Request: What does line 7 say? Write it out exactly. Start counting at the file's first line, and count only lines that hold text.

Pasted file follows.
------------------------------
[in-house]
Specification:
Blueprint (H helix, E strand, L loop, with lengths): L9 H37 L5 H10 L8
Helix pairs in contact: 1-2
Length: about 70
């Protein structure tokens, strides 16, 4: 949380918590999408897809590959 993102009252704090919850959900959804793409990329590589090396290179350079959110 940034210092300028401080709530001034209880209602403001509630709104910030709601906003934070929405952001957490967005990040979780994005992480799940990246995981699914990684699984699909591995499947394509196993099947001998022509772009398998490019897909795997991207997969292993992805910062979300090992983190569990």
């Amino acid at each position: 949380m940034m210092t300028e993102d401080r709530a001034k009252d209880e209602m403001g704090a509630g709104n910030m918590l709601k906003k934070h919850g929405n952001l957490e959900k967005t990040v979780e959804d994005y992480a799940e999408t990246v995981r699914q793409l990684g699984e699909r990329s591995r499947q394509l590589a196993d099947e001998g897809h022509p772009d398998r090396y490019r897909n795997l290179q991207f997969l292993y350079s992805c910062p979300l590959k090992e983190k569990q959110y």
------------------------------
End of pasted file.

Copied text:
């Amino acid at each position: 949380m940034m210092t300028e993102d401080r709530a001034k009252d209880e209602m403001g704090a509630g709104n910030m918590l709601k906003k934070h919850g929405n952001l957490e959900k967005t990040v979780e959804d994005y992480a799940e999408t990246v995981r699914q793409l990684g699984e699909r990329s591995r499947q394509l590589a196993d099947e001998g897809h022509p772009d398998r090396y490019r897909n795997l290179q991207f997969l292993y350079s992805c910062p979300l590959k090992e983190k569990q959110y």